Collaborator Contribution IRO Co-Is were were embedded in the research team--see above. Other agencies and organisations participated in the on-line workshops and reviewed project outputs to offer feedback prior to their publication.
Impact All outputs were co-produced with partners/IRO co-investigators.
Start Year 2020
 
Description Embedded collaboration in research team and project workshops 
Organisation Natural England
Country United Kingdom 
Sector Charity/Non Profit 
PI Contribution This project brought together experienced academic researchers, national policy makers and one of the largest landowners and managers of natural and cultural assets in England to co-create an approach that works for them. The engagement of senior representatives of Historic England and the National Trust as IRO co-investigators in the project, and the co-design and co-delivery of activities, ensured the thorough engagement of these national organisations, and made certain that the outputs will be embedded in the future delivery of HE and NT work. Natural England's involvement as a project partner enabled integration with policy and practice across historic and natural environment contexts. Other agencies and organisations engaged through the workshop activity include English Heritage Trust, the Environment Agency, Forestry England, Forestry Commission England, and the South Downs National Park Authority. The project serves as successful model for collaborative and co-created research impact activity that delivers benefits directly to policy makers, regulators and decision makers.
Collaborator Contribution IRO Co-Is were were embedded in the research team--see above. Other agencies and organisations participated in the on-line workshops and reviewed project outputs to offer feedback prior to their publication.
Impact All outputs were co-produced with partners/IRO co-investigators.
Start Year 2020
 
Description BBC Green Thinking Podcast 
Form Of Engagement Activity A broadcast e.g. TV/radio/film/podcast (other than news/press)
Part Of Official Scheme? No
Geographic Reach National
Primary Audience Public/other audiences
Results and Impact In June 2021 Landscape Futures PI Caitlin DeSilvey and CoI Rodney Harrison featured on the BBC Radio 3 Green Thinking Podcast, talking about heritage action and adaptation in the climate emergency with Eleanor Barraclough from Durham University. .
Year(s) Of Engagement Activity 2021
URL https://www.bbc.co.uk/programmes/p09lwq74
 
Description ICOMOS-IPCC-UNESCO Co-Sponsored Meeting on Culture, Heritage and Climate Change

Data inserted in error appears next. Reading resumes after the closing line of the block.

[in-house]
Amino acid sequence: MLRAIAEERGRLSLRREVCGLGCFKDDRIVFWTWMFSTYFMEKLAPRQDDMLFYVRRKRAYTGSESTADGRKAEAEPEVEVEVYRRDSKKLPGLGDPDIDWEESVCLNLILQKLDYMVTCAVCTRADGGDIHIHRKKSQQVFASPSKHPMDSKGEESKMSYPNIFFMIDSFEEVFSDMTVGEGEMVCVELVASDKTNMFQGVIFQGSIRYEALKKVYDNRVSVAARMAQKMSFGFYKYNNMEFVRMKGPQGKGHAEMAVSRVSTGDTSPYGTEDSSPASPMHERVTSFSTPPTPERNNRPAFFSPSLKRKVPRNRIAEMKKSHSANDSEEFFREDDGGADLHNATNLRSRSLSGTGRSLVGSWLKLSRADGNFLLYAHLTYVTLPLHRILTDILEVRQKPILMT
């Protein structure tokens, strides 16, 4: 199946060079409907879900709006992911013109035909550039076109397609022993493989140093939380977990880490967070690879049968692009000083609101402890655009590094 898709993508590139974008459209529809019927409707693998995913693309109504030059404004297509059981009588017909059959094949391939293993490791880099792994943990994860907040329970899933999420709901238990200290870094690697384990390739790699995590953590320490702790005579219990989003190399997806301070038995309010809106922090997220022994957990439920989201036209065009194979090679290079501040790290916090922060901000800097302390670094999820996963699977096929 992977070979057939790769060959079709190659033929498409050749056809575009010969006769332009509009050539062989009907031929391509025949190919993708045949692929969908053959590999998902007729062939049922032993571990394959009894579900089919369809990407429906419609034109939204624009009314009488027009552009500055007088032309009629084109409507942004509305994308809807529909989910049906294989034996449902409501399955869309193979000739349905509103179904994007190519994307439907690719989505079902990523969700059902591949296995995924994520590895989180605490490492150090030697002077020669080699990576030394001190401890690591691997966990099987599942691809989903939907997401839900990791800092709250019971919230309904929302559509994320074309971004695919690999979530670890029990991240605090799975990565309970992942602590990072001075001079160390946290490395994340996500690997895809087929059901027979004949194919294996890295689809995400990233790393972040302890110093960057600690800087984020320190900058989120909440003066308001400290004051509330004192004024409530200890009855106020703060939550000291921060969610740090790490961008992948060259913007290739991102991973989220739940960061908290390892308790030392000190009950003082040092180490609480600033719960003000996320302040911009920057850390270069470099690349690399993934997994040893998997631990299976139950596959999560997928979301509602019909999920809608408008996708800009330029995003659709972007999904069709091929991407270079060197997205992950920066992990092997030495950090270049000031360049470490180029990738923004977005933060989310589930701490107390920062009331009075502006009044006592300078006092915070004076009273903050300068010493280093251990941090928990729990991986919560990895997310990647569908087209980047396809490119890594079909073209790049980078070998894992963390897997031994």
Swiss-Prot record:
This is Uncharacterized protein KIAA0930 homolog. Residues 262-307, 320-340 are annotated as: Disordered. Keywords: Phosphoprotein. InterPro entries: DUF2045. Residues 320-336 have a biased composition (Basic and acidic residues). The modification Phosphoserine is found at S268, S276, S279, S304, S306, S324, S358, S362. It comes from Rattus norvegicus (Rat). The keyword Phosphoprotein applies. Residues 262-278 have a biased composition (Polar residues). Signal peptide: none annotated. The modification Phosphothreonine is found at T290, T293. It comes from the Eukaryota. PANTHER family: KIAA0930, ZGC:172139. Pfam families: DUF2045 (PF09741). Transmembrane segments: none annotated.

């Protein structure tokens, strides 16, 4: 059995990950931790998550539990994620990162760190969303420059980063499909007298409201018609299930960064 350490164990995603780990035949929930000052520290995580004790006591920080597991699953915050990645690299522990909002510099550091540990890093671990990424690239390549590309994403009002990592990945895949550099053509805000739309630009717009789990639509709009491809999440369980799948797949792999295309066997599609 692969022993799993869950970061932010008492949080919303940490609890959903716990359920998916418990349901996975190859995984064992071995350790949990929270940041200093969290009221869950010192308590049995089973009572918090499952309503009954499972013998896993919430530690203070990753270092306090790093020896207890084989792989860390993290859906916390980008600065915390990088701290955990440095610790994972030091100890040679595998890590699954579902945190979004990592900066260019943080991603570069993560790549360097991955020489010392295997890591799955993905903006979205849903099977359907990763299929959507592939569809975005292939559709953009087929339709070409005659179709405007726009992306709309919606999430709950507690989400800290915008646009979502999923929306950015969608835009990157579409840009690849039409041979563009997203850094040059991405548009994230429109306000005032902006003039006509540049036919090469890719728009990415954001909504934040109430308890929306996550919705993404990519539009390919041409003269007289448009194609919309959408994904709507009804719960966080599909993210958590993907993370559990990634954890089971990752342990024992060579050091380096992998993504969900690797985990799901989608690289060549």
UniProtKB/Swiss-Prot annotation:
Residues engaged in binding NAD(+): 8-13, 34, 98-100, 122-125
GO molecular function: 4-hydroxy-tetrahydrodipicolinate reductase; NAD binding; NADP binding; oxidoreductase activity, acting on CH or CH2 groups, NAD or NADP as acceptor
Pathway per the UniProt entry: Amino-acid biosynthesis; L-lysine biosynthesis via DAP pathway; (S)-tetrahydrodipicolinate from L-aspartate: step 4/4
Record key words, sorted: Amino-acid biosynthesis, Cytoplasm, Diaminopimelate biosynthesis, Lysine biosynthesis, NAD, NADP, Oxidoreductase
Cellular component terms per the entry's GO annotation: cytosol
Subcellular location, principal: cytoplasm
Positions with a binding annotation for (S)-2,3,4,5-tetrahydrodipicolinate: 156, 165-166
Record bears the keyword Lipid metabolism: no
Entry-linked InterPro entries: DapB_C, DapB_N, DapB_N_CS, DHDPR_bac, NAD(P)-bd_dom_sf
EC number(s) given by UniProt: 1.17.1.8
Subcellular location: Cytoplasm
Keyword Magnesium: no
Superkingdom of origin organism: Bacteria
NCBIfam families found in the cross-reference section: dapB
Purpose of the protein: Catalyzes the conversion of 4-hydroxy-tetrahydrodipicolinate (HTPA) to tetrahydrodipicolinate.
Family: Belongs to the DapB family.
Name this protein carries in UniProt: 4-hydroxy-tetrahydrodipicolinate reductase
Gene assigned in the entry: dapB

Form Of Engagement Activity Participation in an activity, workshop or similar
Part Of Official Scheme? No
Geographic Reach International
Primary Audience Professional Practitioners
Results and Impact Co-I Hannah Fluck presented the LFCC project work and shared the development of the concept of adaptive release as example of work to inform international discussion about heritage and climate change.
Year(s) Of Engagement Activity 2021
URL https://www.cultureclimatemeeting.org/
 
Description WORKSHOP 1: ADAPTIVE RELEASE: STRATEGIC CONTEXT AND POLICY CHALLENGES 
Form Of Engagement Activity A formal working group, expert panel or dialogue
Part Of Official Scheme? No
Geographic Reach National
Primary Audience Professional Practitioners
Results and Impact The first workshop, Adaptive Release: Strategic Context and Policy Challenges, was held online on 25 May 2021. Hosted by the project team, the workshop brought together 32 expert attendees from Historic England, the National Trust, Natural England, English Heritage Trust, the Environment Agency, Forestry England, Forestry Commission England, and the South Downs National Park Authority. Preparatory material shared with attendees prior to the workshop introduced the concept of adaptive release, which was then explored in the workshop through two focused engagement activities that sought to test adaptive release as a viable approach to managing change and loss in designated heritage assets and landscapes.
The first activity asked participants to articulate different perspectives (specifically, 'practitioner', 'regulator' and 'public') in relation to given cases studies. The second activity asked participants to engage in discussion about the tensions that would need to be negotiated to apply adaptive release, the policy barriers that exist, and the evidence that would be needed to support decision making. Different case studies were allocated for the second activity, with participants encouraged to contribute to a SWOT analysis of the adaptive release concept.